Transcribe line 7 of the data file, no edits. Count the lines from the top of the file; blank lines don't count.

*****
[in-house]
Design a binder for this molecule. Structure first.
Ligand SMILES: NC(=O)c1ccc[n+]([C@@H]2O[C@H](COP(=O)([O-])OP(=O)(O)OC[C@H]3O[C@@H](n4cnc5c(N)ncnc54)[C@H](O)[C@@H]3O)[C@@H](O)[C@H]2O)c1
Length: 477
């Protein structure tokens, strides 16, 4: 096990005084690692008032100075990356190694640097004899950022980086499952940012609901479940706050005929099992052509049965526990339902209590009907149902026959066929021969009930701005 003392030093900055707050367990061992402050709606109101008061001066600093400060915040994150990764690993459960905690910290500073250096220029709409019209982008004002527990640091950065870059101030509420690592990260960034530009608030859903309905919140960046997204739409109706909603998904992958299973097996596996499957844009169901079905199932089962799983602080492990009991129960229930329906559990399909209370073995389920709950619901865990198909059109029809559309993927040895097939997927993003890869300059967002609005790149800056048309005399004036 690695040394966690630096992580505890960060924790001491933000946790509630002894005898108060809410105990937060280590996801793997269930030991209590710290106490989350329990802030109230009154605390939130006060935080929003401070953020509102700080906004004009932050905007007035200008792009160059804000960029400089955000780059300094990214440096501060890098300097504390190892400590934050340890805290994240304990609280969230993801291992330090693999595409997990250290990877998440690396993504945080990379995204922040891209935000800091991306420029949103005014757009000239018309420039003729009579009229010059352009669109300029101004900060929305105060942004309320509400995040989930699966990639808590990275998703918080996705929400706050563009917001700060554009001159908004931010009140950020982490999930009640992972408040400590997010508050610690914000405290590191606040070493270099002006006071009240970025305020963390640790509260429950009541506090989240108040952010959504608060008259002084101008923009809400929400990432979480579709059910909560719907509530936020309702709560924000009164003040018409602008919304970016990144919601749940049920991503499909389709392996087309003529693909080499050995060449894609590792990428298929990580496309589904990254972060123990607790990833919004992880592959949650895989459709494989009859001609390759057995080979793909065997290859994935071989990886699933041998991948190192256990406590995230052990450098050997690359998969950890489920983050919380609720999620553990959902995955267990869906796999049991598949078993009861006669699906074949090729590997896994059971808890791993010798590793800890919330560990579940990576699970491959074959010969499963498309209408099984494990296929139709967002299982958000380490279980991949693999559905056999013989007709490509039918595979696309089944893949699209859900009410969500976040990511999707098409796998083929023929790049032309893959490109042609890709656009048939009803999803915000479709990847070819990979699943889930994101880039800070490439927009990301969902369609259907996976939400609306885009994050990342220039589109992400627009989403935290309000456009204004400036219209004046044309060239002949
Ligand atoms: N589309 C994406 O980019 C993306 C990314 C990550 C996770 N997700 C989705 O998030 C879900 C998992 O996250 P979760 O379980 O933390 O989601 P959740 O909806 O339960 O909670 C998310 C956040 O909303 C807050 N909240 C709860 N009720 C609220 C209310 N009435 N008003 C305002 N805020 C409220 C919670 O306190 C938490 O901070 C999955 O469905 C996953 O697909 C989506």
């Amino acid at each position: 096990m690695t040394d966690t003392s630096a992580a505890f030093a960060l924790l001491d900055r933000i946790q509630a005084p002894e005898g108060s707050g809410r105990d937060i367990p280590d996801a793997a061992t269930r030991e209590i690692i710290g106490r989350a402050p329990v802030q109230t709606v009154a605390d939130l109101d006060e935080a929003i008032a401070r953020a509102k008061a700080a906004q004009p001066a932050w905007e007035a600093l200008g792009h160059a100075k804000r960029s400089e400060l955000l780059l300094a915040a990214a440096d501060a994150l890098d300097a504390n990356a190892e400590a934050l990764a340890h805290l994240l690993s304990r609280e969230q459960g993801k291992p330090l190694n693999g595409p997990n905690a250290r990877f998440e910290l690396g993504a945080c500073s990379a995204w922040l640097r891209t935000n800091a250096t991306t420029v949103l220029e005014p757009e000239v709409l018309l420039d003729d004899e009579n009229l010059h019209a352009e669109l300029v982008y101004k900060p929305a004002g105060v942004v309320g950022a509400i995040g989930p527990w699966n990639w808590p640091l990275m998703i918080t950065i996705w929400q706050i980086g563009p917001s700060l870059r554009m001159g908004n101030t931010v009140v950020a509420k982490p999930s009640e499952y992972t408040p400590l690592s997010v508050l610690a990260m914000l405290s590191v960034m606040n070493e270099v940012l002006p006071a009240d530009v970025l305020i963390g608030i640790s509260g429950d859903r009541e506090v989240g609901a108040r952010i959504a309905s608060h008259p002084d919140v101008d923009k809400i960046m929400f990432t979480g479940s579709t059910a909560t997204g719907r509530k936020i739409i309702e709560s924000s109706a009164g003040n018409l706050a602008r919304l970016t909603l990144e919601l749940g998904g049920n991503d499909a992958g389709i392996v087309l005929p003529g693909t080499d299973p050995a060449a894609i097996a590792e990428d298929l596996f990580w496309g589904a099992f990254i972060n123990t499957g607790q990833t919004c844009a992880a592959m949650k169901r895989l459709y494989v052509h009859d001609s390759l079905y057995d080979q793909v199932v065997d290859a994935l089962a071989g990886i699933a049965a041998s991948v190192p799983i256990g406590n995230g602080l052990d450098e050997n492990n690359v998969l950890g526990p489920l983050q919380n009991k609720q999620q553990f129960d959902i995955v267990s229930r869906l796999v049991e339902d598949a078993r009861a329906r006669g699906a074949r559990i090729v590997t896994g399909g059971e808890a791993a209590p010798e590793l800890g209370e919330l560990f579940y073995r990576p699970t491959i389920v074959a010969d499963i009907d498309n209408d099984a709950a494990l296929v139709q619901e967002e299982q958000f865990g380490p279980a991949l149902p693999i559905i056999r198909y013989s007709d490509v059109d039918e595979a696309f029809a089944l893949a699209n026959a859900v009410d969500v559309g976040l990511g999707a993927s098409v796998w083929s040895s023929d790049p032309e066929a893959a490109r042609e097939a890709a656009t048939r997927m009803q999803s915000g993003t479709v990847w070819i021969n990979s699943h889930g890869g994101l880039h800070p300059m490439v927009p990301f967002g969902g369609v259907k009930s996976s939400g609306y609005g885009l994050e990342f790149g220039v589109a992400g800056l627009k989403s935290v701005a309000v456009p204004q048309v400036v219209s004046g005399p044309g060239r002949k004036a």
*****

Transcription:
């Amino acid at each position: 096990m690695t040394d966690t003392s630096a992580a505890f030093a960060l924790l001491d900055r933000i946790q509630a005084p002894e005898g108060s707050g809410r105990d937060i367990p280590d996801a793997a061992t269930r030991e209590i690692i710290g106490r989350a402050p329990v802030q109230t709606v009154a605390d939130l109101d006060e935080a929003i008032a401070r953020a509102k008061a700080a906004q004009p001066a932050w905007e007035a600093l200008g792009h160059a100075k804000r960029s400089e400060l955000l780059l300094a915040a990214a440096d501060a994150l890098d300097a504390n990356a190892e400590a934050l990764a340890h805290l994240l690993s304990r609280e969230q459960g993801k291992p330090l190694n693999g595409p997990n905690a250290r990877f998440e910290l690396g993504a945080c500073s990379a995204w922040l640097r891209t935000n800091a250096t991306t420029v949103l220029e005014p757009e000239v709409l018309l420039d003729d004899e009579n009229l010059h019209a352009e669109l300029v982008y101004k900060p929305a004002g105060v942004v309320g950022a509400i995040g989930p527990w699966n990639w808590p640091l990275m998703i918080t950065i996705w929400q706050i980086g563009p917001s700060l870059r554009m001159g908004n101030t931010v009140v950020a509420k982490p999930s009640e499952y992972t408040p400590l690592s997010v508050l610690a990260m914000l405290s590191v960034m606040n070493e270099v940012l002006p006071a009240d530009v970025l305020i963390g608030i640790s509260g429950d859903r009541e506090v989240g609901a108040r952010i959504a309905s608060h008259p002084d919140v101008d923009k809400i960046m929400f990432t979480g479940s579709t059910a909560t997204g719907r509530k936020i739409i309702e709560s924000s109706a009164g003040n018409l706050a602008r919304l970016t909603l990144e919601l749940g998904g049920n991503d499909a992958g389709i392996v087309l005929p003529g693909t080499d299973p050995a060449a894609i097996a590792e990428d298929l596996f990580w496309g589904a099992f990254i972060n123990t499957g607790q990833t919004c844009a992880a592959m949650k169901r895989l459709y494989v052509h009859d001609s390759l079905y057995d080979q793909v199932v065997d290859a994935l089962a071989g990886i699933a049965a041998s991948v190192p799983i256990g406590n995230g602080l052990d450098e050997n492990n690359v998969l950890g526990p489920l983050q919380n009991k609720q999620q553990f129960d959902i995955v267990s229930r869906l796999v049991e339902d598949a078993r009861a329906r006669g699906a074949r559990i090729v590997t896994g399909g059971e808890a791993a209590p010798e590793l800890g209370e919330l560990f579940y073995r990576p699970t491959i389920v074959a010969d499963i009907d498309n209408d099984a709950a494990l296929v139709q619901e967002e299982q958000f865990g380490p279980a991949l149902p693999i559905i056999r198909y013989s007709d490509v059109d039918e595979a696309f029809a089944l893949a699209n026959a859900v009410d969500v559309g976040l990511g999707a993927s098409v796998w083929s040895s023929d790049p032309e066929a893959a490109r042609e097939a890709a656009t048939r997927m009803q999803s915000g993003t479709v990847w070819i021969n990979s699943h889930g890869g994101l880039h800070p300059m490439v927009p990301f967002g969902g369609v259907k009930s996976s939400g609306y609005g885009l994050e990342f790149g220039v589109a992400g800056l627009k989403s935290v701005a309000v456009p204004q048309v400036v219209s004046g005399p044309g060239r002949k004036a």